8. Move the cuttings to a location with bright indirect light that is not too close to the cuttings to avoid foliage burn.
  9. Monitor the plants every few days, changing the water and looking for root development. Remove any yellow or mushy cuttings and plant the healthy cuttings into planters once they have emerging roots.
  10. Put the rooted cuttings into groups and place them into a planter with organic potting soil. Water the cuttings, making sure the water drains freely.
How to propagate jade plant - rooting a stem cutting in potting mix

Materials you need to propagate Jade plants in soil

To properly propagate Jade plants in the soil, you need a few materials.

  • Sharp pruning shears or a good pair of scissors
  • Dilute solution of alcohol or bleach
  • Hormone Powder
  • Planter pot with moist potting mix

Propagating Jade plant in soil

Propagating a Jade plant in soil is extremely similar to propagating in water. Repeat steps 1-5 from above and continue the following steps for propagating in the soil. 

  1. Fill the bottom 1/3 of a planter pot with moist high-quality potting mix. Make sure your pot is at least 4-6 inches wide and has good drainage holes at the bottom. Tropical potting mix made with coco coir and perlite works well for propagating Jade plants. 
  2. Place several cuttings into the planter pot. Usually, about three cuttings fit into a 4-inch wide planter, while five cuttings suit a 6-inch wide planter. The base of each cutting should be resting on the bed of potting mix.
  3. Fill the rest of the planter with potting mix. Fill the remaining space surrounding the Jade cuttings, leaving around an inch of space at the top. Then, water the planter, making sure the water is draining well out of the bottom. Keep in mind, the soil may settle after watering, but this is entirely normal. 
  4. Move the planter to a location with bright indirect light that is not too close to the cuttings to avoid foliage burn.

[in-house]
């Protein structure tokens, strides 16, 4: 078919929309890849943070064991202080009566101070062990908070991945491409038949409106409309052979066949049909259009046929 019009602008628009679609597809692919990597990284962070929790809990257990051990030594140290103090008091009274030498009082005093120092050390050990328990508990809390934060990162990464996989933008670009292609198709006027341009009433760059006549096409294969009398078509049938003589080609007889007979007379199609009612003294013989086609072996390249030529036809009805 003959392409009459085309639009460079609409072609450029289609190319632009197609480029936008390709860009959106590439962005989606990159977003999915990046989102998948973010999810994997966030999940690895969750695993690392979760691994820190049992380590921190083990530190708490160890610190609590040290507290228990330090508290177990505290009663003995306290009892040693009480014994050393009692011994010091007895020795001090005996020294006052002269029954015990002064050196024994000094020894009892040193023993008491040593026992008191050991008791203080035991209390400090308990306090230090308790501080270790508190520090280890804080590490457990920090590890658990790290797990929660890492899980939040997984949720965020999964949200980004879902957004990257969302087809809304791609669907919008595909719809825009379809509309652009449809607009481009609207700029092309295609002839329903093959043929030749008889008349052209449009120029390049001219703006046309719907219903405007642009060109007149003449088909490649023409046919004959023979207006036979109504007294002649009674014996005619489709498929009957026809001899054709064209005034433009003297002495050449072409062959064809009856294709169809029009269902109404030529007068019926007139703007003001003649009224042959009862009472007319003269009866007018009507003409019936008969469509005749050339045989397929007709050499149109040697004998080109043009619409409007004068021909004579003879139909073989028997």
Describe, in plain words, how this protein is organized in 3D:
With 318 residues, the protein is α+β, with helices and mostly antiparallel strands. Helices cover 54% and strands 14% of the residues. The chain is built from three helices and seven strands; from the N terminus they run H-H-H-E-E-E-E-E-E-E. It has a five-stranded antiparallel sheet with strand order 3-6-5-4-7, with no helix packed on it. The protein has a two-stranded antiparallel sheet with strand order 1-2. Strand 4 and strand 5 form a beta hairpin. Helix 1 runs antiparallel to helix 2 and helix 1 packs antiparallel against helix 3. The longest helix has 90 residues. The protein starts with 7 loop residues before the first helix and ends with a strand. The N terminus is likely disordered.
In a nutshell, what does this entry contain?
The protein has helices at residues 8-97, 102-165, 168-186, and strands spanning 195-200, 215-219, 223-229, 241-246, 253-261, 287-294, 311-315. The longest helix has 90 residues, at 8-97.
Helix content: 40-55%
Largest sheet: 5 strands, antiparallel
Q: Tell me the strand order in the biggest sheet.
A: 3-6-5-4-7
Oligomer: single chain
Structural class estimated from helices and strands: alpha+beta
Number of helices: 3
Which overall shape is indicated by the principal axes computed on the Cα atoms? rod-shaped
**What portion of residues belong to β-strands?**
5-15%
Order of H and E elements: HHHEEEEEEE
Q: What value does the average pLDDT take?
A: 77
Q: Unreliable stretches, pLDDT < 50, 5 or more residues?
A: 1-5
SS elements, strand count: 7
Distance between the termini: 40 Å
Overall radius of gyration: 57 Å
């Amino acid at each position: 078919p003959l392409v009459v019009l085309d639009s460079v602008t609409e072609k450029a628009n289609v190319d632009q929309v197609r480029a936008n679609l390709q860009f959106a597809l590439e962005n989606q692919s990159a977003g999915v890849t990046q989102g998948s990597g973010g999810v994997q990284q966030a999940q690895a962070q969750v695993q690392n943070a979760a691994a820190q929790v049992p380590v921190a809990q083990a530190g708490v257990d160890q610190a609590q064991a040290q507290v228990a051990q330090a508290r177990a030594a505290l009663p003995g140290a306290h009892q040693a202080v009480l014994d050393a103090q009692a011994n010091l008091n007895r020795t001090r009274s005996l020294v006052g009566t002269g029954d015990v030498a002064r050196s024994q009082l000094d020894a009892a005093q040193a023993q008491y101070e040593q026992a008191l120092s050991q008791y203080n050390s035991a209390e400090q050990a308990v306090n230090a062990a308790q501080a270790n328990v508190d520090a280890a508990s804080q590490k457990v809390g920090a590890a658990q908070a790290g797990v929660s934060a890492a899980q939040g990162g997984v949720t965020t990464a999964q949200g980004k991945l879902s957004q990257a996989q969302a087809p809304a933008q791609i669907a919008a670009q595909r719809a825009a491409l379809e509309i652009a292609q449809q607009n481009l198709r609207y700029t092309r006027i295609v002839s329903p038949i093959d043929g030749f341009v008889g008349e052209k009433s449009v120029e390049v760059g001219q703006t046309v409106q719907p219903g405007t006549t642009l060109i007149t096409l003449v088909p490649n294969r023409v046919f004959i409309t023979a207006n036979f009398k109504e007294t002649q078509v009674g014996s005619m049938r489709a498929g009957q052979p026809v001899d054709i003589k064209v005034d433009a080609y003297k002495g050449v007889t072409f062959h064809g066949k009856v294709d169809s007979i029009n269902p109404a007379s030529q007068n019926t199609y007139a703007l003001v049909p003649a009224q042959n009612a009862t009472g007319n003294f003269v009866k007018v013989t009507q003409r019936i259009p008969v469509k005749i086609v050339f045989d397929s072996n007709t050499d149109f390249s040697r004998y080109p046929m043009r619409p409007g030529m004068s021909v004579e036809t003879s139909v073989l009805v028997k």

5. Monitor the plant every few days, watering before the soil becomes too dry. Jade cuttings grow best in slightly moist, not soggy, or muddy soil.
Jade plants - crassula ovata - at plant shop

Propagating Jade plant from leaves

Select a few healthy leaves from the plant and cut them off. Then, place the leaves in a potting mixture of half vermiculite or perlite and half soil. This mixture is well-draining and will not bog down the Jade plant’s roots. Water thoroughly once and then only as the plant starts to show roots. Overwatering can cause root rot, especially in dry plants like succulents.

How to propagate jade plant
Mary Jane Duford
Mary Jane Duford

Mary Jane Duford is a passionate gardener and well-acclaimed authority in the world of horticulture. As a certified Master Gardener and Permaculture Garden Designer with over a decade of hands-on experience, she has honed her skills to cultivate a deeper understanding of the natural world around us. Beyond her gardening prowess, Mary Jane holds a distinct edge as a Professional Engineer, an expertise that often intertwines with her gardening methodologies, bringing a unique perspective to her readers.

She is the proud founder of the renowned gardening website, Home for the Harvest, a platform dedicated to helping fellow gardeners, both novice and experienced, find their green thumbs. Her gardening expertise hasn't gone unnoticed; she's been spotlighted as a go-to gardening expert by notable publications like Better Homes & Gardens, Good Housekeeping, Mother Earth News, Real Simple, and the National Garden Bureau.

Delving deep into specific fields of study within horticulture, Mary Jane has an extensive knowledge base on sustainable gardening practices (including permaculture), soil science, and selecting cultivars well-suited to home gardeners. Her passion isn't just limited to plants; she's a staunch advocate for holistic, eco-friendly gardening techniques that benefit both flora and fauna.

Currently residing in the picturesque Okanagan Valley, Mary Jane cherishes the time she spends with her family amidst nature, always exploring, learning, and growing both as a gardener and as an individual.